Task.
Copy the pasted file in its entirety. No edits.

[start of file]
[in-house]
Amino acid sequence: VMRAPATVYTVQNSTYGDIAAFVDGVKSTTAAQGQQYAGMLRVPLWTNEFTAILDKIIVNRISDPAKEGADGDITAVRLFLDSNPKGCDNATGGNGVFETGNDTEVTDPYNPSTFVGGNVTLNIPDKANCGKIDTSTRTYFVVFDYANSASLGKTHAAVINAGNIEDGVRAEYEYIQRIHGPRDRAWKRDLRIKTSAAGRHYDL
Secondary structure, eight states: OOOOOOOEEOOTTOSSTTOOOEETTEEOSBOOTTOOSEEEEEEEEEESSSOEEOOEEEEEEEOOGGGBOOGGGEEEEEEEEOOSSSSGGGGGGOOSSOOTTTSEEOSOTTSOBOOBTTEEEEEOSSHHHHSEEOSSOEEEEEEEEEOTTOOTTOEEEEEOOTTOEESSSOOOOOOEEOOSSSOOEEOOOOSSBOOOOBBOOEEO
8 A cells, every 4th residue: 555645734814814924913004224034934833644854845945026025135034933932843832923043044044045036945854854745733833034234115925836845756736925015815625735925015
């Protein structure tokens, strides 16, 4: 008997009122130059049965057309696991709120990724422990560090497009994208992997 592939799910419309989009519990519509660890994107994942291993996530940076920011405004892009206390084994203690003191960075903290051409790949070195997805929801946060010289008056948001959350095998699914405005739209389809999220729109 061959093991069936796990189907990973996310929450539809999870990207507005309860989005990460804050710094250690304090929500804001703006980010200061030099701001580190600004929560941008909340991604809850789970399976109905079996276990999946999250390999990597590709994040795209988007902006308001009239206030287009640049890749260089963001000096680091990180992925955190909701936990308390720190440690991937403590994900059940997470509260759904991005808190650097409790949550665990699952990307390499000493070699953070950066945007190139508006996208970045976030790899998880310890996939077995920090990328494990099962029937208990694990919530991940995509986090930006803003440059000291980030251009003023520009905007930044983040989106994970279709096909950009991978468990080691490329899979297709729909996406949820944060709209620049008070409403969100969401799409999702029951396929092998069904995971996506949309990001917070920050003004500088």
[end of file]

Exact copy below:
[in-house]
Amino acid sequence: VMRAPATVYTVQNSTYGDIAAFVDGVKSTTAAQGQQYAGMLRVPLWTNEFTAILDKIIVNRISDPAKEGADGDITAVRLFLDSNPKGCDNATGGNGVFETGNDTEVTDPYNPSTFVGGNVTLNIPDKANCGKIDTSTRTYFVVFDYANSASLGKTHAAVINAGNIEDGVRAEYEYIQRIHGPRDRAWKRDLRIKTSAAGRHYDL
Secondary structure, eight states: OOOOOOOEEOOTTOSSTTOOOEETTEEOSBOOTTOOSEEEEEEEEEESSSOEEOOEEEEEEEOOGGGBOOGGGEEEEEEEEOOSSSSGGGGGGOOSSOOTTTSEEOSOTTSOBOOBTTEEEEEOSSHHHHSEEOSSOEEEEEEEEEOTTOOTTOEEEEEOOTTOEESSSOOOOOOEEOOSSSOOEEOOOOSSBOOOOBBOOEEO
8 A cells, every 4th residue: 555645734814814924913004224034934833644854845945026025135034933932843832923043044044045036945854854745733833034234115925836845756736925015815625735925015
């Protein structure tokens, strides 16, 4: 008997009122130059049965057309696991709120990724422990560090497009994208992997 592939799910419309989009519990519509660890994107994942291993996530940076920011405004892009206390084994203690003191960075903290051409790949070195997805929801946060010289008056948001959350095998699914405005739209389809999220729109 061959093991069936796990189907990973996310929450539809999870990207507005309860989005990460804050710094250690304090929500804001703006980010200061030099701001580190600004929560941008909340991604809850789970399976109905079996276990999946999250390999990597590709994040795209988007902006308001009239206030287009640049890749260089963001000096680091990180992925955190909701936990308390720190440690991937403590994900059940997470509260759904991005808190650097409790949550665990699952990307390499000493070699953070950066945007190139508006996208970045976030790899998880310890996939077995920090990328494990099962029937208990694990919530991940995509986090930006803003440059000291980030251009003023520009905007930044983040989106994970279709096909950009991978468990080691490329899979297709729909996406949820944060709209620049008070409403969100969401799409999702029951396929092998069904995971996506949309990001917070920050003004500088």